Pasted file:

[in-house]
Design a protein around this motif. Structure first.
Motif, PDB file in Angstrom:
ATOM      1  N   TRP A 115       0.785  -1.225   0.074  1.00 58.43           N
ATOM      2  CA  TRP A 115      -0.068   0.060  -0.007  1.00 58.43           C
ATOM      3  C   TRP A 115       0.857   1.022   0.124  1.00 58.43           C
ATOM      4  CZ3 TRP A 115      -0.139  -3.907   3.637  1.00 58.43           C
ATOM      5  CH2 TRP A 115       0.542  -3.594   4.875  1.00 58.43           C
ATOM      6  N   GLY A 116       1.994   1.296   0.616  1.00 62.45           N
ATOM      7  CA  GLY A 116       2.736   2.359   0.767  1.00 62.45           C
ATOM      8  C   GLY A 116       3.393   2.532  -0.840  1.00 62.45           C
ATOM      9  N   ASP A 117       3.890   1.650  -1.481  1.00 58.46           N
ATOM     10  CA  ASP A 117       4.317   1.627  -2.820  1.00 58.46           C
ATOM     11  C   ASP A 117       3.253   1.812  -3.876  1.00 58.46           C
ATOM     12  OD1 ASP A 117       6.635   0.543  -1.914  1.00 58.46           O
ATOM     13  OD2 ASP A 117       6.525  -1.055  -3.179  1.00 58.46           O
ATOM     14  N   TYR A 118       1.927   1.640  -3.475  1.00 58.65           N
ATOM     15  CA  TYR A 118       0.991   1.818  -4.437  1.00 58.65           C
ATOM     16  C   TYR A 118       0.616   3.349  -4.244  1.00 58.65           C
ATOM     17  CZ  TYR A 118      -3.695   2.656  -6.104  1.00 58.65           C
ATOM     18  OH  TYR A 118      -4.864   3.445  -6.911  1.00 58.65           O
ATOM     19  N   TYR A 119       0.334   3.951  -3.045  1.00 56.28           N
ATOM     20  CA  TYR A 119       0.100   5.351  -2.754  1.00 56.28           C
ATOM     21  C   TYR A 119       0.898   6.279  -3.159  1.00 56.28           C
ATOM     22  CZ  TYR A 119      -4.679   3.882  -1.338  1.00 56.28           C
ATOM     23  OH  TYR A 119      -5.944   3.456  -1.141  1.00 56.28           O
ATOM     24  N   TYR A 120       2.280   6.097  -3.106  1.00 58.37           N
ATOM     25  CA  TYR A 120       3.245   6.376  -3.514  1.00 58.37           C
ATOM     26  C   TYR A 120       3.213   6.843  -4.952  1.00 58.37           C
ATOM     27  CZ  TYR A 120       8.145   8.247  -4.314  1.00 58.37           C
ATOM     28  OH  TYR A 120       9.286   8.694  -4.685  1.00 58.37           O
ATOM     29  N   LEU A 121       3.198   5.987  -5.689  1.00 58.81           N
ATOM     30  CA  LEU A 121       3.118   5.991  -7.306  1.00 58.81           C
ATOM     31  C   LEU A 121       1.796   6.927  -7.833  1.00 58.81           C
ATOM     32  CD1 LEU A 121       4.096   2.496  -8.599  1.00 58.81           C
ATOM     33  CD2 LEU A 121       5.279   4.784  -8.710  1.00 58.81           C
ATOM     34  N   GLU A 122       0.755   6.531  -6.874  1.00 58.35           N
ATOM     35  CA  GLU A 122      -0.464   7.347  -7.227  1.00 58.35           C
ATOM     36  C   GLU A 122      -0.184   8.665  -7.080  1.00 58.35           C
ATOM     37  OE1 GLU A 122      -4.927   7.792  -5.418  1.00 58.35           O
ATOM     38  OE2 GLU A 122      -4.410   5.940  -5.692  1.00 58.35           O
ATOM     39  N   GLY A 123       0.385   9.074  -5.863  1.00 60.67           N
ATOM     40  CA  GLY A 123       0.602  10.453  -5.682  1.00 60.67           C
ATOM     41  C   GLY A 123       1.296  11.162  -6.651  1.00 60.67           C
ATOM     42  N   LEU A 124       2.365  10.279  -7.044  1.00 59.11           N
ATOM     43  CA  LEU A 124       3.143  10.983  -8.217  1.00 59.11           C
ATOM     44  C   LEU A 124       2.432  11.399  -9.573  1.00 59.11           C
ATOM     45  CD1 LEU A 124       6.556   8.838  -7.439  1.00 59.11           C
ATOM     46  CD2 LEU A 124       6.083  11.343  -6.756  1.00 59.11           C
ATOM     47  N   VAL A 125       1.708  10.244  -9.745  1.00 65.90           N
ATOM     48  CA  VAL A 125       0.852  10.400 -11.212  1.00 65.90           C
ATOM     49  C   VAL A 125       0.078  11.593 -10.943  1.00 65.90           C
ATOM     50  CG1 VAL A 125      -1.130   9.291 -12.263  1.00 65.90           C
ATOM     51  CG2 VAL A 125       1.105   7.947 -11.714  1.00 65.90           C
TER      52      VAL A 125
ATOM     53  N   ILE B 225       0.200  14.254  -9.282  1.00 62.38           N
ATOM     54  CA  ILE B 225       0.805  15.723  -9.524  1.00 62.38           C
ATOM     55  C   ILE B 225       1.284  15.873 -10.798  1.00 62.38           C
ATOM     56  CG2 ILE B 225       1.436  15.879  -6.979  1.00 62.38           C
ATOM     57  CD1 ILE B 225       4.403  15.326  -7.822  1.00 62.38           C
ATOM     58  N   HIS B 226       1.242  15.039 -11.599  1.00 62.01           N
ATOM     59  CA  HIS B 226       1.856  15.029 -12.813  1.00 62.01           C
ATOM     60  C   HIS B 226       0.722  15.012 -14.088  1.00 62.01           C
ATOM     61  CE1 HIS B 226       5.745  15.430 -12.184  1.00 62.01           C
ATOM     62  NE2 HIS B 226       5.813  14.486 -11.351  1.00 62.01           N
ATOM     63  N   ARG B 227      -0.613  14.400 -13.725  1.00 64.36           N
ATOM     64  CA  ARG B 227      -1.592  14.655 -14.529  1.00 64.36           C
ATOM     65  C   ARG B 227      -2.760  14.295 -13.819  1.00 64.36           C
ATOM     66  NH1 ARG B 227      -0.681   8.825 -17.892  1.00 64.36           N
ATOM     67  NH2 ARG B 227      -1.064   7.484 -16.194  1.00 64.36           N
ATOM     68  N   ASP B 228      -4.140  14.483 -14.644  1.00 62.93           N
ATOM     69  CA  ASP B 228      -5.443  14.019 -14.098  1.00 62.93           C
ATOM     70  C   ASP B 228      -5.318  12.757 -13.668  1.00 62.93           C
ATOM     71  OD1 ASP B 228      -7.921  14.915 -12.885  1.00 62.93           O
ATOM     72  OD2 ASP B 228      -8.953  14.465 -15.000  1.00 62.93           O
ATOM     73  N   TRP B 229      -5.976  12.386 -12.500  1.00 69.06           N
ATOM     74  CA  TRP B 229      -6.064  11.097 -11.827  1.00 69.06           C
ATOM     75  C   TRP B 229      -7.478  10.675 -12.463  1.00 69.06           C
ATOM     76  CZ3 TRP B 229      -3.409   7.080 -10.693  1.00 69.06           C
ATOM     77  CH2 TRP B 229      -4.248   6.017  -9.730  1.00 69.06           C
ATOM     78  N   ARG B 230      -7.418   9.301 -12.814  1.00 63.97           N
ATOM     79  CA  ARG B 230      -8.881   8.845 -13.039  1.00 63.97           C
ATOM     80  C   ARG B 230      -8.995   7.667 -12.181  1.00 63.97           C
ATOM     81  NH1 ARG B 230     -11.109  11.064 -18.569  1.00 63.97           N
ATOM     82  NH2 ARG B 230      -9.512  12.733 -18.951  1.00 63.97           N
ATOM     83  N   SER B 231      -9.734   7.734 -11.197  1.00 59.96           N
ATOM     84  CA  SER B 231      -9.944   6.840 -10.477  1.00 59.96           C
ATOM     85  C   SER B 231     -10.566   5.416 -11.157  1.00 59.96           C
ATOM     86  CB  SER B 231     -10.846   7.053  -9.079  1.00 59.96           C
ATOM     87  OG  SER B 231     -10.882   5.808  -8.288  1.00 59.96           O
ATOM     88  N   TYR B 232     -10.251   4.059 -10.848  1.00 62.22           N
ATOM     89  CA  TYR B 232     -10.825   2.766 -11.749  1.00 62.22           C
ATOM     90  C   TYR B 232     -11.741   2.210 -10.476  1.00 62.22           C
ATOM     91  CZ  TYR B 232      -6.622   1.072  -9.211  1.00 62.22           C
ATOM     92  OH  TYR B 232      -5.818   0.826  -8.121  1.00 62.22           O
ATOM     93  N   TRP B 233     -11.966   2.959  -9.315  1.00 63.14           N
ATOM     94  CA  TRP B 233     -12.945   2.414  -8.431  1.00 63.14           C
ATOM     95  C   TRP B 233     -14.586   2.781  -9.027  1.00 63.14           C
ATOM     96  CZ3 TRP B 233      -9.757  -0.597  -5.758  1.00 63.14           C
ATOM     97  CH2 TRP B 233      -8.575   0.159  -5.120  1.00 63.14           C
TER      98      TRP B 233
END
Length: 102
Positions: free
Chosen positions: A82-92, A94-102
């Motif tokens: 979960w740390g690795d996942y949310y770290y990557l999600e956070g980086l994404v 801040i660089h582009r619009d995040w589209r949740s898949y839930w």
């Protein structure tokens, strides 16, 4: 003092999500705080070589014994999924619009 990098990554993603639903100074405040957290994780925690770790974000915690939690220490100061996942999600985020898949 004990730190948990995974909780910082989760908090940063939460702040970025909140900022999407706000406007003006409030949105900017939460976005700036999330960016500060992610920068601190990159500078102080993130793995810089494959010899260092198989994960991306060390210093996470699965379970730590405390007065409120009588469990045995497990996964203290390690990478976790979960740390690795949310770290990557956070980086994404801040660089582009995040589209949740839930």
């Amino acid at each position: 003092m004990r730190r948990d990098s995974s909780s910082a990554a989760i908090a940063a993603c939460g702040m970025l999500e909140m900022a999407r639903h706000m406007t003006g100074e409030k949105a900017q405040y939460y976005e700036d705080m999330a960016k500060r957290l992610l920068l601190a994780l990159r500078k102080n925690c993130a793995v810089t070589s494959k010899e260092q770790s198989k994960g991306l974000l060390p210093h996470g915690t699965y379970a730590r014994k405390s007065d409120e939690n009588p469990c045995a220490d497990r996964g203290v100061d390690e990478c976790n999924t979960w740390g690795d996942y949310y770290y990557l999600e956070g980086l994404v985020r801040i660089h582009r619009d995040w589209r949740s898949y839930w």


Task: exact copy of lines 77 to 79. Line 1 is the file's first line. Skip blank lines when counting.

ATOM     74  CA  TRP B 229      -6.064  11.097 -11.827  1.00 69.06           C
ATOM     75  C   TRP B 229      -7.478  10.675 -12.463  1.00 69.06           C
ATOM     76  CZ3 TRP B 229      -3.409   7.080 -10.693  1.00 69.06           C